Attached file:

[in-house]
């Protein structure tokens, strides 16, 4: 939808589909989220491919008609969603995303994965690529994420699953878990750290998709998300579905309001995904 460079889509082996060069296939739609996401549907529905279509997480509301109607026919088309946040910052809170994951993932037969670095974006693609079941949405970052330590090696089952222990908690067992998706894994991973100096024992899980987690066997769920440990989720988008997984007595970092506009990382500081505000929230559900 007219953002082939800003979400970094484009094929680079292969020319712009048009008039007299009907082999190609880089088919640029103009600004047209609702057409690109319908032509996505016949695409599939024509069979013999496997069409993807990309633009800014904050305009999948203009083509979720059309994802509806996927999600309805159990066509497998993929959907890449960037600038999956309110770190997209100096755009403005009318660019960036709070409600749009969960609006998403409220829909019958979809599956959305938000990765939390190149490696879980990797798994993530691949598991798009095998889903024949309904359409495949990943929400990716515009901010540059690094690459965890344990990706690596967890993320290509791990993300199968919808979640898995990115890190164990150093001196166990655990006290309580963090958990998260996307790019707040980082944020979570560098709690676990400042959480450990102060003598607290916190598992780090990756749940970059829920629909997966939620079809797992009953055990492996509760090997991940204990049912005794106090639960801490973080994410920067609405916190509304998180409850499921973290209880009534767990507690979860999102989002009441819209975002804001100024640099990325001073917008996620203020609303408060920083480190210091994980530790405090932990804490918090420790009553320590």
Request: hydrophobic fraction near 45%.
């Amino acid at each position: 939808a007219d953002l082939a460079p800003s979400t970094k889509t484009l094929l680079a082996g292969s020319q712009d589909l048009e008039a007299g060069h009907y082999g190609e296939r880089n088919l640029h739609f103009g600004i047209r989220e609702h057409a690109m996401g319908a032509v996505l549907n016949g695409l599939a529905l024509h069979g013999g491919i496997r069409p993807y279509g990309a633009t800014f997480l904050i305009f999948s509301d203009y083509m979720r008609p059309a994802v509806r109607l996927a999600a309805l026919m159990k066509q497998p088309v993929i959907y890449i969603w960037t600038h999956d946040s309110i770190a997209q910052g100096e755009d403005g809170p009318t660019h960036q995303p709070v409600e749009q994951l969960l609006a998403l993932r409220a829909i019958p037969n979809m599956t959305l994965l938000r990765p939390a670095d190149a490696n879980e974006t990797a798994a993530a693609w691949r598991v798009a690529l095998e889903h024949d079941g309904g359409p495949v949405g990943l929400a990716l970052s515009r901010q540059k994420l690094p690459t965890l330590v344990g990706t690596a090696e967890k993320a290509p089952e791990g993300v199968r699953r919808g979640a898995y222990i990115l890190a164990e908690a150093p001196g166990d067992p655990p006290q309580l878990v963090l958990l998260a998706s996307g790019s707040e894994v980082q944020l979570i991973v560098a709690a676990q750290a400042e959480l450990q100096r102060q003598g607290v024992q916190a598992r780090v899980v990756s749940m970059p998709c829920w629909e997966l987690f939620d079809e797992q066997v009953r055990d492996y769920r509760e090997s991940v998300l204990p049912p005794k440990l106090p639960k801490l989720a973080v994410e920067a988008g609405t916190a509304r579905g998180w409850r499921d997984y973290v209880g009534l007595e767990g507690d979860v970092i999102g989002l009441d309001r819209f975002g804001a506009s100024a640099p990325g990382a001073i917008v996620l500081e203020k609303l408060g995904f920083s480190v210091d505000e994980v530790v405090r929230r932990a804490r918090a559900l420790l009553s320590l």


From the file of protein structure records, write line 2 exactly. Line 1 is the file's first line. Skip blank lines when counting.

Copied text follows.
């Protein structure tokens, strides 16, 4: 939808589909989220491919008609969603995303994965690529994420699953878990750290998709998300579905309001995904 460079889509082996060069296939739609996401549907529905279509997480509301109607026919088309946040910052809170994951993932037969670095974006693609079941949405970052330590090696089952222990908690067992998706894994991973100096024992899980987690066997769920440990989720988008997984007595970092506009990382500081505000929230559900 007219953002082939800003979400970094484009094929680079292969020319712009048009008039007299009907082999190609880089088919640029103009600004047209609702057409690109319908032509996505016949695409599939024509069979013999496997069409993807990309633009800014904050305009999948203009083509979720059309994802509806996927999600309805159990066509497998993929959907890449960037600038999956309110770190997209100096755009403005009318660019960036709070409600749009969960609006998403409220829909019958979809599956959305938000990765939390190149490696879980990797798994993530691949598991798009095998889903024949309904359409495949990943929400990716515009901010540059690094690459965890344990990706690596967890993320290509791990993300199968919808979640898995990115890190164990150093001196166990655990006290309580963090958990998260996307790019707040980082944020979570560098709690676990400042959480450990102060003598607290916190598992780090990756749940970059829920629909997966939620079809797992009953055990492996509760090997991940204990049912005794106090639960801490973080994410920067609405916190509304998180409850499921973290209880009534767990507690979860999102989002009441819209975002804001100024640099990325001073917008996620203020609303408060920083480190210091994980530790405090932990804490918090420790009553320590």